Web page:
On our second full day in Baltimore we spent our time in Inner Harbor and historic Fells Point.  Inner Harbor is home to the National Aquarium, the USS Constellation which has tours but we just admired from the boardwalk, and a bunch of waterfront cruises and restaurants. The aquarium was pretty expensive ($40) in comparison to others we have visited, but they have a dolphin show, monkeys (yes, monkeys at an aquarium, so weird, right?), penguins, and a really neat Jellyfish exhibit that pretty much makes up for it.  

The Fells Point Neighborhood is adorable, we spent a couple hours meandering through the cobblestone streets window shopping (many of the shops seemed to close in the off season) and popped into the few places that were open. We stopped in Pitango Bakery and Cafe on the waterfront for some afternoon charcuterie and one of the best pastries I have had: a cruffin with vanilla cream. Holy cow, I could go for like eight of those right now!  After some more walking around, we had dinner at Thames Street Oyster House where we had the best Crab Cake of our lives, an exquisite squash souffle that I still dream about, and, in my opinion, a not-so-great oyster shooter (a shot glass with an oyster, beer, some kind of liquor, with an Old Bay rim): but when in Rome, right?  We ended our second, and last, night imbibing local beers at the The Horse You Came in on Saloon.  “The Horse” is Baltimore’s oldest saloon, America’s oldest continually operated saloon, and the only bar in Maryland to exist before, during and after prohibition!  Wait, it gets better! This bar was the last known location of Edgar Allan Poe before his mysterious 1849 death in Baltimore. So crazy to think we were at the same bar as Poe on his last day alive.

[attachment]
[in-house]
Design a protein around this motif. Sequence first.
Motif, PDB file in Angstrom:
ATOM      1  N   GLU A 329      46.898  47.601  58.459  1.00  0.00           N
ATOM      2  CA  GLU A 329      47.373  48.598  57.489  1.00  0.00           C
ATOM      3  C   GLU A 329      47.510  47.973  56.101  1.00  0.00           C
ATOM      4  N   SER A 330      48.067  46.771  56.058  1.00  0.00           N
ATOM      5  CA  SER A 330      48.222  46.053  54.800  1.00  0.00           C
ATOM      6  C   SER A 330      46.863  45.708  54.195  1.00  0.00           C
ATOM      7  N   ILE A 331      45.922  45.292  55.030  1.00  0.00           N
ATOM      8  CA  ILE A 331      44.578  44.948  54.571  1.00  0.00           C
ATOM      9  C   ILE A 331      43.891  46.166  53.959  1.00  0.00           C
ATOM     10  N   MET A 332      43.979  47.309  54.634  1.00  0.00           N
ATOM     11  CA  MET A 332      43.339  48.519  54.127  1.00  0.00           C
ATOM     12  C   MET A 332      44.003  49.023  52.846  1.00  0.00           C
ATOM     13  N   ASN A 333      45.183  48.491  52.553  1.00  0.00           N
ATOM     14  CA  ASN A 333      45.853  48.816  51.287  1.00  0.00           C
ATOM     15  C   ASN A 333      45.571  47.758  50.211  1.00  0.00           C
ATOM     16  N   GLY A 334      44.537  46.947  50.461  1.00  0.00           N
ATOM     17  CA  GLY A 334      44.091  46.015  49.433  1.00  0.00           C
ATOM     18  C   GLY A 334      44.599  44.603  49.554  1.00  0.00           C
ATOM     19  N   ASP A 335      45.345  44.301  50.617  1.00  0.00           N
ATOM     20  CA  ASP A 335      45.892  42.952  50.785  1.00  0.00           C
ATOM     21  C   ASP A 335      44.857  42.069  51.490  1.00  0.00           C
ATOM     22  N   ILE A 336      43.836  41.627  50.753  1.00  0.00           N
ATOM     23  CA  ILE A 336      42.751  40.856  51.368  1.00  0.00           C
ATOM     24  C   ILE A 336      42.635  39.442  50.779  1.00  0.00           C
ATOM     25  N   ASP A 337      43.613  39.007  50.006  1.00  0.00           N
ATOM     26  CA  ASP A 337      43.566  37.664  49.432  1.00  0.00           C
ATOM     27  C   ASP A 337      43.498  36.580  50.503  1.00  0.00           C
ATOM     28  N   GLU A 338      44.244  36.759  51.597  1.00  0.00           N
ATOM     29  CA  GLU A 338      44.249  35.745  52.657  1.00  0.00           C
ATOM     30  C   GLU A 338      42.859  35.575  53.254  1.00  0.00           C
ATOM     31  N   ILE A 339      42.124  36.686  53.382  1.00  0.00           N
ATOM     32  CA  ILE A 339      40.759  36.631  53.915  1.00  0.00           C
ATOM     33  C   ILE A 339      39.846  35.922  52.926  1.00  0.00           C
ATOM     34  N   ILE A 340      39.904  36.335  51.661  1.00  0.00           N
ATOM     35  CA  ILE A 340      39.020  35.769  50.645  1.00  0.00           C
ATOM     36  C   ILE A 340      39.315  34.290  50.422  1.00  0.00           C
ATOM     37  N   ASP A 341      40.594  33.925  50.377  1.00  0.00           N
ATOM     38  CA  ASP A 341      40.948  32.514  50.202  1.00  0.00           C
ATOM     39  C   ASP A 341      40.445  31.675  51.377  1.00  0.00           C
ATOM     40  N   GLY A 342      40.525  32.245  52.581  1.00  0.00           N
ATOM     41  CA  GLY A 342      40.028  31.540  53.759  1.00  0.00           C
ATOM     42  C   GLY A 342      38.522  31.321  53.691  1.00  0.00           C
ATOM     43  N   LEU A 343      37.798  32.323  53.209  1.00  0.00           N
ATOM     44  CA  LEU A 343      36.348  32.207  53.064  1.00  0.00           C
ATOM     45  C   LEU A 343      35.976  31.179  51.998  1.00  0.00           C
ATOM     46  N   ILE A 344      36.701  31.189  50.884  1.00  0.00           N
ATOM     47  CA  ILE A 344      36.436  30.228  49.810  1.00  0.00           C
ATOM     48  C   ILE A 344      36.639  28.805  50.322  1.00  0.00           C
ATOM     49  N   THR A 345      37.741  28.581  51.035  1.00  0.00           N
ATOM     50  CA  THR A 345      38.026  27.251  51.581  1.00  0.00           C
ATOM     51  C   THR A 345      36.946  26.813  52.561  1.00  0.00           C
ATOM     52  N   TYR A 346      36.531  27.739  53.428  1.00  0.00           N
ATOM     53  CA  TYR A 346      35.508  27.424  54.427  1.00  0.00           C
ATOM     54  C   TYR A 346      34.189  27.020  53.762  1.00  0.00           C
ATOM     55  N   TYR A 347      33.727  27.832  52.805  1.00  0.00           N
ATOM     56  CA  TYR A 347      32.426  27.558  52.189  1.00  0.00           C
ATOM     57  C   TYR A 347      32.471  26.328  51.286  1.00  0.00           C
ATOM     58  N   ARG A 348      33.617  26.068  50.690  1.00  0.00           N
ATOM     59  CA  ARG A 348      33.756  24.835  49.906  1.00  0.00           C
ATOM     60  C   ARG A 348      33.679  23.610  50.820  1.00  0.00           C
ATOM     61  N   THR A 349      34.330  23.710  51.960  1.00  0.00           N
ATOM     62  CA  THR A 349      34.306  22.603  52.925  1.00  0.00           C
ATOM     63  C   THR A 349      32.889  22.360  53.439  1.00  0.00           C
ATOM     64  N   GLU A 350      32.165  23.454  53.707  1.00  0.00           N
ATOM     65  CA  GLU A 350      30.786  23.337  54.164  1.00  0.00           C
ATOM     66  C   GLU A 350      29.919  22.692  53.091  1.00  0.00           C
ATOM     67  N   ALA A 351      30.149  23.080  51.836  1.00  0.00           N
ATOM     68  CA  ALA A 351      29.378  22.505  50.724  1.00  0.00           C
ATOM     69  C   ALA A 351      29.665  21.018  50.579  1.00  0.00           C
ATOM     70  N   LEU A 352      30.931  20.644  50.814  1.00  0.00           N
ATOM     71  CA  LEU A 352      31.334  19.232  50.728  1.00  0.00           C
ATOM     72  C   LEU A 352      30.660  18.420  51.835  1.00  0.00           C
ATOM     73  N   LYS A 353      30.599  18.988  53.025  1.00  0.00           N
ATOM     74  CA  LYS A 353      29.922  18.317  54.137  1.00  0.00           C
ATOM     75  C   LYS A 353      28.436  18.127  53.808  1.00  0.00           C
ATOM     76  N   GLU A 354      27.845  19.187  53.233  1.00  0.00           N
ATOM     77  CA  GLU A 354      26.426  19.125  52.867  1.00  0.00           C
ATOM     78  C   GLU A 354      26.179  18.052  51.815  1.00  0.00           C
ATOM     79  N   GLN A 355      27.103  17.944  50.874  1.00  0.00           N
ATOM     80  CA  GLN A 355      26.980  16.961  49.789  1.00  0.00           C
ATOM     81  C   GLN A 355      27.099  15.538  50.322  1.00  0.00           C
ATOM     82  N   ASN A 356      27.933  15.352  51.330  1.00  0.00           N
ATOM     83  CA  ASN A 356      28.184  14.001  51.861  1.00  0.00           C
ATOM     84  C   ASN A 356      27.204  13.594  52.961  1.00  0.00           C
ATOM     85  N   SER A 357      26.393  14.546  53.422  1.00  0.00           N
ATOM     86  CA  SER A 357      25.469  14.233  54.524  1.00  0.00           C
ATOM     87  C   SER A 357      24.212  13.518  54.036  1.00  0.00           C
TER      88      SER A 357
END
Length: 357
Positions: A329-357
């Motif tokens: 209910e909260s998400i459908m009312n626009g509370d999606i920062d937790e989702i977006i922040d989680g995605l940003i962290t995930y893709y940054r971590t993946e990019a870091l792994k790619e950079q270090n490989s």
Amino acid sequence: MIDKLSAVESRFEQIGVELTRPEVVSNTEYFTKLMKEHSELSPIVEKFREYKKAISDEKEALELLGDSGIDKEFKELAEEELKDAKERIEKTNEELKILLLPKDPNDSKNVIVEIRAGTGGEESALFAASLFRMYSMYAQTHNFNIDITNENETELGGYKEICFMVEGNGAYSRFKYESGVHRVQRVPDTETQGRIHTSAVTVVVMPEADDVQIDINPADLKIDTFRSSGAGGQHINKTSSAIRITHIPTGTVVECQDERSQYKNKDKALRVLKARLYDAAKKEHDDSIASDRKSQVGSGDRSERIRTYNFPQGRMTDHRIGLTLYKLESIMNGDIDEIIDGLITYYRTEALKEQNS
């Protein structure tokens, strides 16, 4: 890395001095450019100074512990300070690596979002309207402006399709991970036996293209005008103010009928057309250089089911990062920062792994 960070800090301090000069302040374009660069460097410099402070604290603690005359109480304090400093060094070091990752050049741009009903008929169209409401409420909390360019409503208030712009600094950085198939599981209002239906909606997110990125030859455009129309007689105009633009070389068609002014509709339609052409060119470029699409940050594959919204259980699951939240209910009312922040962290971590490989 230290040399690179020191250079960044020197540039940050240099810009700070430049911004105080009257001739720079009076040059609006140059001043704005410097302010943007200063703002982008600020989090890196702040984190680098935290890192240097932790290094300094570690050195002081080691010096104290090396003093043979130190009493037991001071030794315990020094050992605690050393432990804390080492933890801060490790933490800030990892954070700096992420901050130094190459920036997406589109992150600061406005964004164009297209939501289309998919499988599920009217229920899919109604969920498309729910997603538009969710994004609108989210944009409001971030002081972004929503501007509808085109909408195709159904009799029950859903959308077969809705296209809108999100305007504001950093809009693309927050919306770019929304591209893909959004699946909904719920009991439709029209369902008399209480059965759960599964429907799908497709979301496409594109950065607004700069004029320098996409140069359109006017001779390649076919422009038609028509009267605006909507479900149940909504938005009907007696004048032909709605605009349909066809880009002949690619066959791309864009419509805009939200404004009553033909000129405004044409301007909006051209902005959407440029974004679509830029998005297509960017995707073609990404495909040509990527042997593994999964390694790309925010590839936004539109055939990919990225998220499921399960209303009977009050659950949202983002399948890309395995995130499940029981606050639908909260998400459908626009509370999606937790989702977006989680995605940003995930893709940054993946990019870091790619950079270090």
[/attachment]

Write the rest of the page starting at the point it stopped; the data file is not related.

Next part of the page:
Our last day in Baltimore we took an uber to the Fort McHenry National Monument and Historic Site. The entrance fee is $15 for adults; there is a nicely sized welcome center with videos and interactive exhibits, but the most exciting thing to see is the base of the flag that inspired ‘The Star-Spangled Banner’ that was preserved and is still on display! When Francis Scott Key witnessed the attack on the fort, and after seeing the flag still flying the next morning, he was allegedly moved to write the iconic song in 1814, which later became the national anthem in 1931.

After an interesting American History lesson, we decided to end the trip with a stop by the Harpoon Brewery for the most amazing pretzels – I mean beer- I have ever had.  I honestly do not even remember the beer…those pretzels stole the show. They are huge, warm, soft, and topped with a variety of toppings and sauces of your choice (Parmesan cheese, beer cheese, variety of mustards etc.). A great way to end an exhausting, short, trip.  

We got to see so much, and truly experienced the city despite our short stay, but there are a few additional places to visit while in Baltimore that we did not get to visit:

Is there a city you have visited that others told you was not worth visiting? If so, what was the city, and what are your thoughts? I hear this about Baltimore, but I am so happy we ignored the naysayers and visited anyway!

And just for fun, some of my favorite Poe quotes:

  • We loved with a love that was more than love.
  • Those who dream by day are cognizant of many things which escape those who dream only by night.
  • I became insane, with long intervals of horrible sanity.
  • It is by no means an irrational fancy that, in a future existence, we shall look upon what we think our present existence, as a dream.